It was obvious which parts of the hospital were the newest, by their relative utter self destruction. It’s comforting to the Cubical Dwellers, I think, to know that as soon as the power and plumbing are disconnected that all hell will break loose and dismantle their suspended ceilings, drywall boxes and fluorescent suns in no time at all.
One of the pair of motors that powered this mine shaft. In the 1950s, this shaft was designated a rescue shaft, and was only maintained for emergencies. One reason that Cheratte built Shaft 3 nearby was because these motors and infrastructure did not have the capacity that the giant mine below called for.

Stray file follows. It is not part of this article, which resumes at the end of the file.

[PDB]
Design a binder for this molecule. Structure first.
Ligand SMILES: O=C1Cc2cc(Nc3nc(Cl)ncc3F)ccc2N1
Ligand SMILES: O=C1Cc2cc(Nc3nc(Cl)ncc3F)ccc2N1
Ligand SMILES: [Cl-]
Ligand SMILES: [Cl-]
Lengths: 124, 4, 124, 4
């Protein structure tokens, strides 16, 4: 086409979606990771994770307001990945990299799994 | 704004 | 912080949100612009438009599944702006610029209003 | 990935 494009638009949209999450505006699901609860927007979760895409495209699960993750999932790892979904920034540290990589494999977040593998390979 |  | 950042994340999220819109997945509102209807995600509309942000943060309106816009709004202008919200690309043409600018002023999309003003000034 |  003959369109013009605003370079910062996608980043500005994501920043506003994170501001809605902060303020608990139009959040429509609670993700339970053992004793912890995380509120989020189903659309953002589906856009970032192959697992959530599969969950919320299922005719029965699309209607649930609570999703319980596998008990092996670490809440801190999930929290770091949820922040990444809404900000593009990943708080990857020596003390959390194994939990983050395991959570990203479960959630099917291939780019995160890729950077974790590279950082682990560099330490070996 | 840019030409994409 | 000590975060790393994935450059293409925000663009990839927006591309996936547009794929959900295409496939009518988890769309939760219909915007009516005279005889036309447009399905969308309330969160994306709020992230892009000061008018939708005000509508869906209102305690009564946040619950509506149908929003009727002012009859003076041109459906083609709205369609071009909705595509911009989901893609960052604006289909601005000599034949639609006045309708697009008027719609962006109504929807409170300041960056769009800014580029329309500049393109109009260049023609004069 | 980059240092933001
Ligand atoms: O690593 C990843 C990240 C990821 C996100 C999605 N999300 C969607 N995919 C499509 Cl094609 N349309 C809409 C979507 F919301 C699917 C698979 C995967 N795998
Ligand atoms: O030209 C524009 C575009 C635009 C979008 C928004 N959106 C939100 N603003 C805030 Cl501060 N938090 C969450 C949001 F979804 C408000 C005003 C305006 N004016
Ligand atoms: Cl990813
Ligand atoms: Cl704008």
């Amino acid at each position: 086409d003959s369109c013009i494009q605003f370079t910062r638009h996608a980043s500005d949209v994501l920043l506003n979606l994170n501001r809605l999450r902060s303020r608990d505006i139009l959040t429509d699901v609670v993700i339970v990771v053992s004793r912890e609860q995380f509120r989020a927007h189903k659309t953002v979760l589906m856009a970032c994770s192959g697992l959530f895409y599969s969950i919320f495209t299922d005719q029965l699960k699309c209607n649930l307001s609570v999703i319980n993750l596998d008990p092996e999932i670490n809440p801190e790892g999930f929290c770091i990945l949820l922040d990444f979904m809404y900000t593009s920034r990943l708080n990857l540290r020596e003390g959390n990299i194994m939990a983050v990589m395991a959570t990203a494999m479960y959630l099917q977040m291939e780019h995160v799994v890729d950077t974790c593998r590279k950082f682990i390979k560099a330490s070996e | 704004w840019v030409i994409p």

Looking at the concrete headframe from street level. Acros 100 in Pentax 67
The newer tunnels were fitted with these fluorescent lights, although some skylights (block glass embedded in skywalks) let in some natural light during the day.
One of the staircases that connected the lab, the plant, and the offices.
One of the clusters of elevators. Doors would open on both sides so that vehicles could be moved through them if necessary. There is only one set of stairs in the whole building.
Part of the unremodeled hospital, above the Service Building, where employees would stay sometimes.
The glow from the city is bright enough to read by.